The solution to this was simply to copy archive.php to the child theme, rename it archive-{post-type}.php, and change the function call to the loop so that it calls my previously written custom loops.

Page Templates

{post-type}-template.php were previously used for both the display of the full listing as well as the archive pages. With WordPress 3.1, archives are handled by the archive template pages. Thus, the if-else conditions which handled query_posts() can be removed. The page templates will be used just for display of all the custom posts.


With all these changes, I can now use one less plugin and use more of the functionality available in WordPress Core.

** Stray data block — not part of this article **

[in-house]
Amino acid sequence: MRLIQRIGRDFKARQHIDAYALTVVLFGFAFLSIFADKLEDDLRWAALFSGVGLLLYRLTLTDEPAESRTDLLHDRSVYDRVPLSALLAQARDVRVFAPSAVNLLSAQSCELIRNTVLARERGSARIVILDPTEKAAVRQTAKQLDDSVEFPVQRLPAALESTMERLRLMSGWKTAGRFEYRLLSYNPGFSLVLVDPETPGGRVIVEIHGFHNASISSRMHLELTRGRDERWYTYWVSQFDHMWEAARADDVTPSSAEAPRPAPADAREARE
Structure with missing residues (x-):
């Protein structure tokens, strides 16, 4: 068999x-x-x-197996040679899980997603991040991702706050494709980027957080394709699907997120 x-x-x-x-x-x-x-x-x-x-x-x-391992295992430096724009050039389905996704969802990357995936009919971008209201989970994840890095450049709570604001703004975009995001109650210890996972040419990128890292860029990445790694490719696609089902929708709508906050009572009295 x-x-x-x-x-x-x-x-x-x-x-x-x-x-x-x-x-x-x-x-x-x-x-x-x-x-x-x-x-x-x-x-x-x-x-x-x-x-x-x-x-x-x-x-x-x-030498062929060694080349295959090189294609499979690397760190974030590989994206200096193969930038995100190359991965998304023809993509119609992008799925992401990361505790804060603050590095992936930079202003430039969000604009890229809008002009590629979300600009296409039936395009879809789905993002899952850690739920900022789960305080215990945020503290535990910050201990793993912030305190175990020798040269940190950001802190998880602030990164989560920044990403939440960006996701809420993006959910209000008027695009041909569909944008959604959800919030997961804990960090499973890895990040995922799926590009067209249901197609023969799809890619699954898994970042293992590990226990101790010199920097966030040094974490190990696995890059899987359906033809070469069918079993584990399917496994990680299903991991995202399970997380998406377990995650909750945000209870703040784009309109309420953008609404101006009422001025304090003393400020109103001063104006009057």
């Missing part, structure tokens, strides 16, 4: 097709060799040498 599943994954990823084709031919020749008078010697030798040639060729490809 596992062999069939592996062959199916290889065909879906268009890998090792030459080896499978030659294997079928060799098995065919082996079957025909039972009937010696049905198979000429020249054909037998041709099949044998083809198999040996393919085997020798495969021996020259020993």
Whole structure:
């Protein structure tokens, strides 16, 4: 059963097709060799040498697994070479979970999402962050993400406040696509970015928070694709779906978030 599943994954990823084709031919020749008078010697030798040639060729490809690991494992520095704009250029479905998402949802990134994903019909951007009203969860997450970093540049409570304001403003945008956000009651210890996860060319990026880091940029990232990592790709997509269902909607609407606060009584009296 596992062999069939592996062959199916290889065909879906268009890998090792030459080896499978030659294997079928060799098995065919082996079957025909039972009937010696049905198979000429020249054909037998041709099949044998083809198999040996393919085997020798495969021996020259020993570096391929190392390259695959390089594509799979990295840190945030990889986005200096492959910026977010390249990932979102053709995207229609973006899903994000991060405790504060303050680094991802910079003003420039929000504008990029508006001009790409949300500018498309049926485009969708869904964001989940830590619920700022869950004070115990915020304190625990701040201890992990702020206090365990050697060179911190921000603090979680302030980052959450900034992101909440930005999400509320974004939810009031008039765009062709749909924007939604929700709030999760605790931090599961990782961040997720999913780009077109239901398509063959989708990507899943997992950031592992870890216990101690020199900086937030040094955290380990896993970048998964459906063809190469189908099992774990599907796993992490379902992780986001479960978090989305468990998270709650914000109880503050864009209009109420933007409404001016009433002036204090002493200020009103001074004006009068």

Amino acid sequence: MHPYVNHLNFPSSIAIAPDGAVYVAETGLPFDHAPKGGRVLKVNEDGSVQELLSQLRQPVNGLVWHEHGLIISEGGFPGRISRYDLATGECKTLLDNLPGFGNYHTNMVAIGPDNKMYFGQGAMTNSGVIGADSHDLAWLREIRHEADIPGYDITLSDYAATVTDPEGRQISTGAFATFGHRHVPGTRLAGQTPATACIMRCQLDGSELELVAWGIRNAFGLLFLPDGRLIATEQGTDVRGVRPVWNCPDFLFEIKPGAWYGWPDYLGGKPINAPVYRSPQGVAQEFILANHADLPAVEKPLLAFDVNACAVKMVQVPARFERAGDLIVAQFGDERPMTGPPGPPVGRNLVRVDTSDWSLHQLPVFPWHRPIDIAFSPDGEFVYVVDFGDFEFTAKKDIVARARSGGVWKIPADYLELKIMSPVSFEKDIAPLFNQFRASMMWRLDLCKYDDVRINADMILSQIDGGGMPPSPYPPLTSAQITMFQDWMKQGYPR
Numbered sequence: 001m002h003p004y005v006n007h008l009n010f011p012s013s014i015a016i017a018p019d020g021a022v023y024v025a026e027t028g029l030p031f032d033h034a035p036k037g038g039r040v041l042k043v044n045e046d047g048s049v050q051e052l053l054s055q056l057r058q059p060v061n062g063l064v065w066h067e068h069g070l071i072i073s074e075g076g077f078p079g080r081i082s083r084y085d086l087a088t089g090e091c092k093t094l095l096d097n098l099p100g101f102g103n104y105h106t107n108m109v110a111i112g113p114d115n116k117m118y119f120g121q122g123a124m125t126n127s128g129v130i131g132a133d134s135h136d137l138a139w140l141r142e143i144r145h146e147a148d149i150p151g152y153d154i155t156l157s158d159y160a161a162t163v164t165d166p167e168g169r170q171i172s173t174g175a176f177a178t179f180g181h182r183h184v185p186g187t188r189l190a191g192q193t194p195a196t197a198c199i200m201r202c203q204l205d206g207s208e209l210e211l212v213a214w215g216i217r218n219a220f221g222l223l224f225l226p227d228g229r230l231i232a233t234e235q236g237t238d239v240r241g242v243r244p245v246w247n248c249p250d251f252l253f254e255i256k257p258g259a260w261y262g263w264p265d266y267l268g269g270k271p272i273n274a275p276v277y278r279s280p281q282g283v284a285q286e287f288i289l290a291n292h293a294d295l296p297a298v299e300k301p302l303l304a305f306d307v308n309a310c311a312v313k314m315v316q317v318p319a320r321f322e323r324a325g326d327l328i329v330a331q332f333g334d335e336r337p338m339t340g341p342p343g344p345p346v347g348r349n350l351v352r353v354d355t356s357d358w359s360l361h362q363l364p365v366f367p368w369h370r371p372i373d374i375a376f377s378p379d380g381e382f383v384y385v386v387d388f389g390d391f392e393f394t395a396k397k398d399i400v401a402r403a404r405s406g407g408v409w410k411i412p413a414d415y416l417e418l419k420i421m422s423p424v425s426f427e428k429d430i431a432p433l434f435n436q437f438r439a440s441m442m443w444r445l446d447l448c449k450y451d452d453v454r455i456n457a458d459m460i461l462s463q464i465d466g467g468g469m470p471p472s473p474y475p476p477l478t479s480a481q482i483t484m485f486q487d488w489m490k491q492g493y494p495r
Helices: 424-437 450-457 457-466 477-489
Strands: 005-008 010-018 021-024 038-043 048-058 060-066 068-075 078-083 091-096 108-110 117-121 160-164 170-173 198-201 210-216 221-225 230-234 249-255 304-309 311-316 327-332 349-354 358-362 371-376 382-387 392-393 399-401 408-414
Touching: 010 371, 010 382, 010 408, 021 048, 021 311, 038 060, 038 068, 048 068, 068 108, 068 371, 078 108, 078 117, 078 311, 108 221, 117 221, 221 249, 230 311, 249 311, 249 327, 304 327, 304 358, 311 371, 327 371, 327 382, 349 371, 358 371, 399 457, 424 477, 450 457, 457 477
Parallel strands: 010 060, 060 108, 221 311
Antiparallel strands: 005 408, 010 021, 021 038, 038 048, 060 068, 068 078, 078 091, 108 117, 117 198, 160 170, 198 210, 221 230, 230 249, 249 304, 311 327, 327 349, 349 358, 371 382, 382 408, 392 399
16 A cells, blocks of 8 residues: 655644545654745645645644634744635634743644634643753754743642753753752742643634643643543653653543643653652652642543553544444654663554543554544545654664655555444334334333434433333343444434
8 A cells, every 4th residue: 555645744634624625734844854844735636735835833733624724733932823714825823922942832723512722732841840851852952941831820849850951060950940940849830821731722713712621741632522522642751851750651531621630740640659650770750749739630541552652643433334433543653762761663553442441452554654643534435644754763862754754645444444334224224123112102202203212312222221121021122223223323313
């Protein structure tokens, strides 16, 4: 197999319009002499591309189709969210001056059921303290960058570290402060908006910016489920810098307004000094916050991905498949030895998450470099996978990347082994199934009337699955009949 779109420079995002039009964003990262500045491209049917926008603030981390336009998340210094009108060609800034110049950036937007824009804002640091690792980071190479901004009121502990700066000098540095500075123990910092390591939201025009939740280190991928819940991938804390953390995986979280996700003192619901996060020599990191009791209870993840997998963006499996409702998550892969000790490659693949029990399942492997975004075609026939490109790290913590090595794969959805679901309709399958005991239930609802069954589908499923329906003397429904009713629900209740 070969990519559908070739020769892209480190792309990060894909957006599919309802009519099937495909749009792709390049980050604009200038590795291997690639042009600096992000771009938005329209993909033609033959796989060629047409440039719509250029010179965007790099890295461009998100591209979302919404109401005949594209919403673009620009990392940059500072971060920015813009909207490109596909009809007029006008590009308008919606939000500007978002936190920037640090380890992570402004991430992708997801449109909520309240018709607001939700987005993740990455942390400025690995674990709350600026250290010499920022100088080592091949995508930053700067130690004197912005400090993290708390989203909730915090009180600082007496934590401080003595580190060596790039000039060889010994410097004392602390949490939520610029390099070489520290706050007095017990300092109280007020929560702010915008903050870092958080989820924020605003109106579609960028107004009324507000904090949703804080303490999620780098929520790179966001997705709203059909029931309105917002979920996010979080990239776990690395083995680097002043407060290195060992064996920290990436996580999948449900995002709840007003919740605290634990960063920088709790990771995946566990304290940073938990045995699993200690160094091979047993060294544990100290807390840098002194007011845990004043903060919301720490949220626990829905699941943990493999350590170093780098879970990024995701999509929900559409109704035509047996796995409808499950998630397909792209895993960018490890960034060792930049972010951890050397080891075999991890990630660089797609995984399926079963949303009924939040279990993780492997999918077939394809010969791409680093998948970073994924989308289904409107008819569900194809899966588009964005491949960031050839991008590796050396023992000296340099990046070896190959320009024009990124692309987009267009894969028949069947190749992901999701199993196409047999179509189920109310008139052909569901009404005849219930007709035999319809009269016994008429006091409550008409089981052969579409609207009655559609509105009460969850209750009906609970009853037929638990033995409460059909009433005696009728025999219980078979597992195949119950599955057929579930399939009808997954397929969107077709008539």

Custom Post Type Archives Part 5

Adding a new Custom Post Type

As before, use the register_post_type() function to register a new custom post type. This will be named ‘newsletter’ and will be for the weekly messengers. The name ‘newsletter’ was chosen as it is the most generic description of this type of content. Using the specific name would make it more troublesome should I need to reuse this code in the future.

The key thing I wanted to do here is to let it use the built in categories. This is done by adding 'taxonomies' => array('category') to the array of arguments passed into the registration function. Additional taxonomies can be added to the array if necessary. This tip was found at deluxeblogtips

The rest of the steps are a repeat of what was done for the sermon post type. A custom loop file was created, the main feature in this loop is the code to get the memory verse from the custom fields and display it in a blockquote.